Felicia Newell, BScAHN, MScAHN(c), RD(c)
Official NEM Nutritionist
For the past several years, Felicia has been working at a university research centre with a focus on food security (Food Action Research Centre), and has taught university level nutrition courses. Her passion lies in working toward a future where everyone has access to enough affordable, healthy, safe and culturally appropriate food, that is produced, processed and distributed in socially, economically and ecologically sustainable ways.

Making Behavior and Lifestyle Changes

Food for thought: Does simply telling someone to do something, or judging someone for not doing what you think is right, actually help that person change their behavior?
As an Official NEM Nutritionist, I wanted to take a moment to bring what may be a different perspective to the table. Some may be familiar with these concepts; some may think I am way out in left field. Life is a lot about perspective, so even if I can give a new perspective to a few people I am okay with that. Here are two concepts that are just food for thought! They are usually very detailed and complex, but for the sake of this post I want to be as straightforward as possible.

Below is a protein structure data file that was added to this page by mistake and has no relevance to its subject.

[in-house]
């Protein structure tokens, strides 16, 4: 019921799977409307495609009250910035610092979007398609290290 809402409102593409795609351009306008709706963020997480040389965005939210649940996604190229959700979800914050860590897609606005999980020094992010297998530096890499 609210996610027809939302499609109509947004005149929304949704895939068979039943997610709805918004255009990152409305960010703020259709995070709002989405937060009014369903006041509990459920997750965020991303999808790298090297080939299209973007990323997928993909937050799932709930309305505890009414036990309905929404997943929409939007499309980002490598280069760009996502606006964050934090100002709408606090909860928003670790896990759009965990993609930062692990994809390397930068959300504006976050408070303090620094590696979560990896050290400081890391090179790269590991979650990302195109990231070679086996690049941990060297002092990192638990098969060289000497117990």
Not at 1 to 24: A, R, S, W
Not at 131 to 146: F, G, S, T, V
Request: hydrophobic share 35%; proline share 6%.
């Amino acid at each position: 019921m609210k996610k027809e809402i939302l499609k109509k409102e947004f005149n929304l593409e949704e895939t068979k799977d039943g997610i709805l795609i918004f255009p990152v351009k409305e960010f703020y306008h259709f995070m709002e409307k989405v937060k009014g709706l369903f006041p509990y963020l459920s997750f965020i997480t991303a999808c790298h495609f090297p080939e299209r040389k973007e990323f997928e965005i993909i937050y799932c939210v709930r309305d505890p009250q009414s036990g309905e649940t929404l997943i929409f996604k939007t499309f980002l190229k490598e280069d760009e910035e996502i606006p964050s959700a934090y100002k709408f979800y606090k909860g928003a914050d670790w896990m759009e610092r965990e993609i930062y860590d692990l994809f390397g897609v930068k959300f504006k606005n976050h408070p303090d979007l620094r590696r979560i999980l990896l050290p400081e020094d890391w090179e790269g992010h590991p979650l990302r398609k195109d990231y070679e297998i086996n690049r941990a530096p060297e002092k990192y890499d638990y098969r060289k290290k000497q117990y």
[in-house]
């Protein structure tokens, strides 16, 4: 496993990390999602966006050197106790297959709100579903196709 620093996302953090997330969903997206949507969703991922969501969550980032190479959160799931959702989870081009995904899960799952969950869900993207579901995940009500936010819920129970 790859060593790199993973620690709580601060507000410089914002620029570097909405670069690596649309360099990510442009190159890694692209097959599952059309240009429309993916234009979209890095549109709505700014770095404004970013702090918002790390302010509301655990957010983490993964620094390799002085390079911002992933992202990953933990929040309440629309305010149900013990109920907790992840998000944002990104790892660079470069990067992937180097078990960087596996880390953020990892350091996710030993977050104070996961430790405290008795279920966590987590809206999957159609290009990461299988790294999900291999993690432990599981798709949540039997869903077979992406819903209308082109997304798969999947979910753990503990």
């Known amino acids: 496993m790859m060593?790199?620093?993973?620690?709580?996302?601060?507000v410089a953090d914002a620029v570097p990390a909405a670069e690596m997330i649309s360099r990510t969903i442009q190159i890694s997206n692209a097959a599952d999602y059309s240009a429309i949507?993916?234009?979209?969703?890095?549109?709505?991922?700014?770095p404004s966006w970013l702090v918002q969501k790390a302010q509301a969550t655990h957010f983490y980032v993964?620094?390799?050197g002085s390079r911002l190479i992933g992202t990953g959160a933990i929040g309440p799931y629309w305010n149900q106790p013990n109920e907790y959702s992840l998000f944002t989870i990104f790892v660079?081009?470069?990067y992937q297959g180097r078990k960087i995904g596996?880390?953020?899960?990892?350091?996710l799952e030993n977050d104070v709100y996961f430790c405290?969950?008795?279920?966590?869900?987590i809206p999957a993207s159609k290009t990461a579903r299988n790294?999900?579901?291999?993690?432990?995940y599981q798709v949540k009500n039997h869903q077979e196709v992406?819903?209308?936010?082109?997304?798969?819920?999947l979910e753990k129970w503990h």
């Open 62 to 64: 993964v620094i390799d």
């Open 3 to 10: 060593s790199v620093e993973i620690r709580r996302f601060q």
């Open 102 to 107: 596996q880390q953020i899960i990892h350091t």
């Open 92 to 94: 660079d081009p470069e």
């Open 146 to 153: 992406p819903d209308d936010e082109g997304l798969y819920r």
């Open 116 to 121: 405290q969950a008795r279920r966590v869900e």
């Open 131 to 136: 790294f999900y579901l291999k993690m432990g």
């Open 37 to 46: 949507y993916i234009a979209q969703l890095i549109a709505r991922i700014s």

1)   Behavior change. Our group is based a lot around the changing of lifestyles and behaviors. Behaviors are psychological, and deeply engrained. They are habits, and a lot of times when it comes to food-related behaviors they are even addictions. They are very difficult to change, which is why many different theories and models in the scientific field that are used to explain behavior change. I don’t want to go into detail of course because you are all busy moms and don’t have all day to read a post that sounds like a lecture. The key message I want to bring here is changing behaviors is HARD. It involves many different steps and factors to change a behavior (e.g., motivation, education, support, confidence, etc.). If you think  ‘clean eating’ and living a healthy lifestyle is hard and you are alone because everyone else is making progress or some people make it look easy – think again! We all have difficulties at some point or another (we just don’t always show it, especially on social media), and with the right support and motivation (and accepting that we will have set-backs and no success comes without failure), we can overcome them.